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Round or rectangular tables for collaborative problem solving? A multimodal learning analytics study, new paper published in BJET

Round or rectangular tables for collaborative problem solving? A multimodal learning analytics study, new paper published in BJET

03.07.2020

 

Our new paper is now available online:

Vujovic M., Hernández-Leo D., Tassani S. & Spikol D., (avialable online). Round or rectangular tables for collaborative problem solving? A multimodal learning analytics study. British Journal of Educational Technology, https://onlinelibrary.wiley.com/doi/abs/10.1111/bjet.12988?af=R

Abstract:

The current knowledge of the effects of the physical environment on learners’ behaviour in collaborative problem‐solving tasks is underexplored. This paper aims to critically examine the potential of multimodal learning analytics, using new data sets, in studying how the shapes of shared tables affect the learners’ behaviour when collaborating in terms of patterns of participation and indicators related to physical social interactions. The research presented in this paper investigates this question considering the potential interplay with contextual aspects (level of education) and learning design decisions (group size). Three dependent variables (distance between students, range of movement and level of participation) are tested using quantitative and qualitative analyses of data collected using a motion capture system and video recordings. Results show that the use of round tables (vs rectangular tables) leads to higher levels of on‐task participation in the case of elementary school students. For university students, different table shapes seem to have a limited impact on their levels of participation in collaborative problem solving. The analysis shows significant differences regarding the relationship between group size and the distance between students, but there is no substantial evidence that group size affects the level of participation. The findings support previous research highlighting the importance of studying the role of the physical environment as an element of learning design and the potential of multimodal learning analytics in approaching these studies.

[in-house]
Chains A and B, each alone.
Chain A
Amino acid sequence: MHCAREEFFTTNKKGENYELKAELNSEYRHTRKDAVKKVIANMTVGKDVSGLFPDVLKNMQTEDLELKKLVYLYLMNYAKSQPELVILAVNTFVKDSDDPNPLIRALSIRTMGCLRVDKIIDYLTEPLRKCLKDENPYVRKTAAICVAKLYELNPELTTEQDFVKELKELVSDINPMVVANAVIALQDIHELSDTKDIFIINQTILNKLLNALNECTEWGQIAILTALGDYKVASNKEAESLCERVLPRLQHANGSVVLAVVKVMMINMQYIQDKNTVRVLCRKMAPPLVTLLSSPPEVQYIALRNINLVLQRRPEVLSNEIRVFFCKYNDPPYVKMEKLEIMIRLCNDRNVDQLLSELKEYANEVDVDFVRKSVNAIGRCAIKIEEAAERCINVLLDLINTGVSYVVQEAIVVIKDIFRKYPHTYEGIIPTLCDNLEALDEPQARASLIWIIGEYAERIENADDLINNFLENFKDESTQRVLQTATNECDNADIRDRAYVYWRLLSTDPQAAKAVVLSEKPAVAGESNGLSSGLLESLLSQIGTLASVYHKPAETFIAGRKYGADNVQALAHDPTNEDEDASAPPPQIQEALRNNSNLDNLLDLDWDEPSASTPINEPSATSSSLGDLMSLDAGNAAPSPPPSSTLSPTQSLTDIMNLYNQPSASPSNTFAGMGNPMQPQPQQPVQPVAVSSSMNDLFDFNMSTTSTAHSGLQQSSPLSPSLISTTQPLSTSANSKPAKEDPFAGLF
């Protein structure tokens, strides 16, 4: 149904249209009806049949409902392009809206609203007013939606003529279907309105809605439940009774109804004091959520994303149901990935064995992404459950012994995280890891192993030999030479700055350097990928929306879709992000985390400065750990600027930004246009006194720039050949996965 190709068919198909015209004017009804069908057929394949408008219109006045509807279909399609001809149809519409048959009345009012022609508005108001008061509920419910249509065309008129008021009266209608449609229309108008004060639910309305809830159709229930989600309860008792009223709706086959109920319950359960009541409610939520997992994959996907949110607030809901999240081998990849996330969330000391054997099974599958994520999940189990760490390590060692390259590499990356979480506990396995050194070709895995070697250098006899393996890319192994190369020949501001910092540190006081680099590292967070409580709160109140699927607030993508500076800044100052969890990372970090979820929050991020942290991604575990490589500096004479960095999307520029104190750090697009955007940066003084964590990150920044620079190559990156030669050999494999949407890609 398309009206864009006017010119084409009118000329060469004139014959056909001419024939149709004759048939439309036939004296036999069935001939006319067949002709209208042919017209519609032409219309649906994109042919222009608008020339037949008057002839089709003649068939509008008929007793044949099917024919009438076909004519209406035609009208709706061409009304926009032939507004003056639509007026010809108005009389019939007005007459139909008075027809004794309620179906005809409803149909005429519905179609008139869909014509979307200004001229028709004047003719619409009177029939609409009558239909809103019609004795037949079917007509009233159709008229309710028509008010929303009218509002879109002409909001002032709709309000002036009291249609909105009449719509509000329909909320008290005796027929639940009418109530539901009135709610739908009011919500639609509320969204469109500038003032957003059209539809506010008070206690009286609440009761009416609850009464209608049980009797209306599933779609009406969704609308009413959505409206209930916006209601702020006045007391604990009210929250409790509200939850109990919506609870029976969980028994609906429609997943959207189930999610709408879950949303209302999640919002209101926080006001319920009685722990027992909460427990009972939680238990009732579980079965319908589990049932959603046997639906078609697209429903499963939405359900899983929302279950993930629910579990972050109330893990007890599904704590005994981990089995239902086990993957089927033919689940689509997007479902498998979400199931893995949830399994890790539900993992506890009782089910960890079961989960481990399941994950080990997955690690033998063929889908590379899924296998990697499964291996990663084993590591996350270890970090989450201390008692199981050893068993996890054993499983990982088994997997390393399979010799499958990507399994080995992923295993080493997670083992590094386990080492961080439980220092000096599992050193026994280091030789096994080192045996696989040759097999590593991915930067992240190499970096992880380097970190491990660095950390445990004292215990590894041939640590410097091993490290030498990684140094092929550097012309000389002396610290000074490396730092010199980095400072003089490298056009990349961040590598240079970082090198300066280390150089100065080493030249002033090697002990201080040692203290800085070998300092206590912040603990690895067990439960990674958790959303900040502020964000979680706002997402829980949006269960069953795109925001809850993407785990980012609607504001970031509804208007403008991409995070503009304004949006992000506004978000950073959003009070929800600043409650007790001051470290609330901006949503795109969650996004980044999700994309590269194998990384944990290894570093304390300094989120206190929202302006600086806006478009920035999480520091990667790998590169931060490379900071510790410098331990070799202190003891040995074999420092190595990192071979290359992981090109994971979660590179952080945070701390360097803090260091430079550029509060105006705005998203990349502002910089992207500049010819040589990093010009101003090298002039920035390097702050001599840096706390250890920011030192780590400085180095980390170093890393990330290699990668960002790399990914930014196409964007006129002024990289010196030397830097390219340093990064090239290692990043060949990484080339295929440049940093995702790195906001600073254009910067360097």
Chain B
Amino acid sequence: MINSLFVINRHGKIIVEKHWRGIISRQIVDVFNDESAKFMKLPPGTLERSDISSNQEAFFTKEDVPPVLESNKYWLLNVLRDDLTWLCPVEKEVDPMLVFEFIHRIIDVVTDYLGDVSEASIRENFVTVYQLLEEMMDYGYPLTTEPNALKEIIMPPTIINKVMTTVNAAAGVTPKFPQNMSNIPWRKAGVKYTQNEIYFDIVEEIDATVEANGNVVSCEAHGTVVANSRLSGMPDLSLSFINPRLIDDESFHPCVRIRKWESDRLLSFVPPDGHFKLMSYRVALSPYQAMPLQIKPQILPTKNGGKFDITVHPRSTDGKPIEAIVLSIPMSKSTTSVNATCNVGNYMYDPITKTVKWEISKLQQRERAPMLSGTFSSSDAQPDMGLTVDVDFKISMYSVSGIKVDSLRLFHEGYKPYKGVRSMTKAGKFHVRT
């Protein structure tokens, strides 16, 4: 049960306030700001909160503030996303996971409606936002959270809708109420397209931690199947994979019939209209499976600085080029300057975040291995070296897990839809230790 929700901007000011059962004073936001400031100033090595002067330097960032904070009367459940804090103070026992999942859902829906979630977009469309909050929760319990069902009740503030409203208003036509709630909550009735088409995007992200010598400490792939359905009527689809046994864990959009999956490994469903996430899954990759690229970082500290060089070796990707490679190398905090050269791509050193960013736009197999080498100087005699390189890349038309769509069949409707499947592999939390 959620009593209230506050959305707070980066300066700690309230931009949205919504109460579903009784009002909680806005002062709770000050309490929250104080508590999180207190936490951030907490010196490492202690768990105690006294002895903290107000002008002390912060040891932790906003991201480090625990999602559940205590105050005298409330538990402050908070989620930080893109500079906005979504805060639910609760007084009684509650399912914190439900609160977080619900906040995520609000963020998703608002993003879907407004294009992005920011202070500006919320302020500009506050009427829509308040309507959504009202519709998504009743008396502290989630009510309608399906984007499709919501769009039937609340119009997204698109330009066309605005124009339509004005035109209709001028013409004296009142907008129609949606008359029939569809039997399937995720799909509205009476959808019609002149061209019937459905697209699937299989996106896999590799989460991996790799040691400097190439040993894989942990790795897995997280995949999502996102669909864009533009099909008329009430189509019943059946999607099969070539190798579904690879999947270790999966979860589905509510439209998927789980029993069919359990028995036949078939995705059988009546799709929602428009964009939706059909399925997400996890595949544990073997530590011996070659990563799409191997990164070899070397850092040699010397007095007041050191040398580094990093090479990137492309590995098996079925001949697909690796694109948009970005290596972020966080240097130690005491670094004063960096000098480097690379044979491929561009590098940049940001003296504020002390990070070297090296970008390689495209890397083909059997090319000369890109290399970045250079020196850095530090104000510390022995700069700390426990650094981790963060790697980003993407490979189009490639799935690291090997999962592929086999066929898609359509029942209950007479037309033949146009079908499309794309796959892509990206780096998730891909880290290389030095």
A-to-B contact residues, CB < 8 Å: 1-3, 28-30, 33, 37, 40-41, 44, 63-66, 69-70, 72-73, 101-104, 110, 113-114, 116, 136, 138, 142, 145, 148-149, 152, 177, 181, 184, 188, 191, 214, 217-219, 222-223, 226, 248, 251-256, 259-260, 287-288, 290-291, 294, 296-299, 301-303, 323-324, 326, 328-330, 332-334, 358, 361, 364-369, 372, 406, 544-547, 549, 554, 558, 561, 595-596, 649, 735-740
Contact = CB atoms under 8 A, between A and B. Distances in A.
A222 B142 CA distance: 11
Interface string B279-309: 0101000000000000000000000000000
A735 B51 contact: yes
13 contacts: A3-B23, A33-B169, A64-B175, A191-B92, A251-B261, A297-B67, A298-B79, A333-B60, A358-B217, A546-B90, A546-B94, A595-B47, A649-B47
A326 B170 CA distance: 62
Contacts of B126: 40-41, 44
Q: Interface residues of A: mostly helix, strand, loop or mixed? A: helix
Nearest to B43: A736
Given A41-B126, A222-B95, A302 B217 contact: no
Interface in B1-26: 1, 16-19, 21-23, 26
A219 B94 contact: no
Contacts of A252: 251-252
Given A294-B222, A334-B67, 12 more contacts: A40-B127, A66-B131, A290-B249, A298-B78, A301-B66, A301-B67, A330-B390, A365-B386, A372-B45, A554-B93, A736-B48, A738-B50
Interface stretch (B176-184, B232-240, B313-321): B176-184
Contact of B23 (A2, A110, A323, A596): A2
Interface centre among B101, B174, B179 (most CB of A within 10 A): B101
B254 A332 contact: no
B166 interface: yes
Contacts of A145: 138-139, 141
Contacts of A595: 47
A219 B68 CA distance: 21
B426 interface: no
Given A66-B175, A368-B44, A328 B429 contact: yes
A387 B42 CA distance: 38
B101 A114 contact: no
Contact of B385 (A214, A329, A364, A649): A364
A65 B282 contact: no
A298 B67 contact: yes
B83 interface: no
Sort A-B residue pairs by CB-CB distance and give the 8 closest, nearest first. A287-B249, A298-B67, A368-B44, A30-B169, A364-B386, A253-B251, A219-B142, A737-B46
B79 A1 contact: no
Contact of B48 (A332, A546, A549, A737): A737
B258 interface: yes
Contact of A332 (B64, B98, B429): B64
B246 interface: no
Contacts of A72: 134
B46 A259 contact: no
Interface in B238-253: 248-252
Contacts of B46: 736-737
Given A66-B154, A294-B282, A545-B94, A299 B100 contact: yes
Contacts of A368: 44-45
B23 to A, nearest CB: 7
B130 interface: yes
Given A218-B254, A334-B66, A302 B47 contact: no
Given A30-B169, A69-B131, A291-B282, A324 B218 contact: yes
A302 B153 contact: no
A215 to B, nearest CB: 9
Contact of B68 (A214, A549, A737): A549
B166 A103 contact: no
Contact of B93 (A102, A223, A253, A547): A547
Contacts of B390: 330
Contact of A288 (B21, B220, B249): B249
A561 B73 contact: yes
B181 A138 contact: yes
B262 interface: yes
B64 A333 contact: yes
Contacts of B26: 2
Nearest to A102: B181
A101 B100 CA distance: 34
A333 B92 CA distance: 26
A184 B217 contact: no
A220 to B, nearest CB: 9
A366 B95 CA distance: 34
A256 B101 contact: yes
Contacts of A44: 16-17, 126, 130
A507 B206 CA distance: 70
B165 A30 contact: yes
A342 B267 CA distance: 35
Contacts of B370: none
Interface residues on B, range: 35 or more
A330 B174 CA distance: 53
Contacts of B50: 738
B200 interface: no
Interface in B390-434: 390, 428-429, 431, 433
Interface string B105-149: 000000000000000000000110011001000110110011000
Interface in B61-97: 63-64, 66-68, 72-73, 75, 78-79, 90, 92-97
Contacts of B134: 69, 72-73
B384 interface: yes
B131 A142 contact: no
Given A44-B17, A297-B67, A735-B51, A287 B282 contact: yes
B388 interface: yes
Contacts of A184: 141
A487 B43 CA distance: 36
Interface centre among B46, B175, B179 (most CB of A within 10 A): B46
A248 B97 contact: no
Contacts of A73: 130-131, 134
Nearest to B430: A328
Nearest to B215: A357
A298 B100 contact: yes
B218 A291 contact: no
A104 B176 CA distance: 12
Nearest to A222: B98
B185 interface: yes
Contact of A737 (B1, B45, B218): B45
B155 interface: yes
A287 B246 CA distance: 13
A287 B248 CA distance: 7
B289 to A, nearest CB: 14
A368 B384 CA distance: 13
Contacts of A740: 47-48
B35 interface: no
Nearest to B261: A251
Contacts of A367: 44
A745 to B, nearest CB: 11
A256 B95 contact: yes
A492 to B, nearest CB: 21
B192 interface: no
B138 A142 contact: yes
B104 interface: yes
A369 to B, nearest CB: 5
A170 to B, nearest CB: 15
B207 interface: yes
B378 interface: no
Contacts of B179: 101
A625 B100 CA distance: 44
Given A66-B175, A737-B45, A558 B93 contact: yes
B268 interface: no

Press release in UPF website.

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